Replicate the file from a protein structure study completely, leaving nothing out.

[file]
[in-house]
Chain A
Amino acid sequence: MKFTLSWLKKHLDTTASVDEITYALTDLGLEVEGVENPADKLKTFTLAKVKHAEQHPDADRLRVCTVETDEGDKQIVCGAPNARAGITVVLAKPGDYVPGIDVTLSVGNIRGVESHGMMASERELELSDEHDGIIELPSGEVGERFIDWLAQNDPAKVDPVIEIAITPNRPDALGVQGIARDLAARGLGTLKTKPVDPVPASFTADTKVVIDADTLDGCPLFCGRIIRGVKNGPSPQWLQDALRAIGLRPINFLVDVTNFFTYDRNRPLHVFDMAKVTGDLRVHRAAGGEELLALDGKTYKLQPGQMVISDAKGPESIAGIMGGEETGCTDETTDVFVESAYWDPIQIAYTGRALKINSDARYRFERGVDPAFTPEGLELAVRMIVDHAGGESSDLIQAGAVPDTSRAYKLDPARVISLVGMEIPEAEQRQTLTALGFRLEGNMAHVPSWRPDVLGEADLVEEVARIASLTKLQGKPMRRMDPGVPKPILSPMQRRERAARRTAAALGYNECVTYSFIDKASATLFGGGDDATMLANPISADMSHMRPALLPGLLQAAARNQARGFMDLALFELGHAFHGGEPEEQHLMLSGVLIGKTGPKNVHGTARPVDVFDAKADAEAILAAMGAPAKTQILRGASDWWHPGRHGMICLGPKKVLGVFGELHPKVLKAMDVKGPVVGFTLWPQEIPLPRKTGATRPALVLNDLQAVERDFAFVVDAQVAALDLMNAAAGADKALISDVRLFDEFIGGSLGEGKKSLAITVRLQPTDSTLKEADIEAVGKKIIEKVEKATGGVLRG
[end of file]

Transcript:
[in-house]
Chain A
Amino acid sequence: MKFTLSWLKKHLDTTASVDEITYALTDLGLEVEGVENPADKLKTFTLAKVKHAEQHPDADRLRVCTVETDEGDKQIVCGAPNARAGITVVLAKPGDYVPGIDVTLSVGNIRGVESHGMMASERELELSDEHDGIIELPSGEVGERFIDWLAQNDPAKVDPVIEIAITPNRPDALGVQGIARDLAARGLGTLKTKPVDPVPASFTADTKVVIDADTLDGCPLFCGRIIRGVKNGPSPQWLQDALRAIGLRPINFLVDVTNFFTYDRNRPLHVFDMAKVTGDLRVHRAAGGEELLALDGKTYKLQPGQMVISDAKGPESIAGIMGGEETGCTDETTDVFVESAYWDPIQIAYTGRALKINSDARYRFERGVDPAFTPEGLELAVRMIVDHAGGESSDLIQAGAVPDTSRAYKLDPARVISLVGMEIPEAEQRQTLTALGFRLEGNMAHVPSWRPDVLGEADLVEEVARIASLTKLQGKPMRRMDPGVPKPILSPMQRRERAARRTAAALGYNECVTYSFIDKASATLFGGGDDATMLANPISADMSHMRPALLPGLLQAAARNQARGFMDLALFELGHAFHGGEPEEQHLMLSGVLIGKTGPKNVHGTARPVDVFDAKADAEAILAAMGAPAKTQILRGASDWWHPGRHGMICLGPKKVLGVFGELHPKVLKAMDVKGPVVGFTLWPQEIPLPRKTGATRPALVLNDLQAVERDFAFVVDAQVAALDLMNAAAGADKALISDVRLFDEFIGGSLGEGKKSLAITVRLQPTDSTLKEADIEAVGKKIIEKVEKATGGVLRG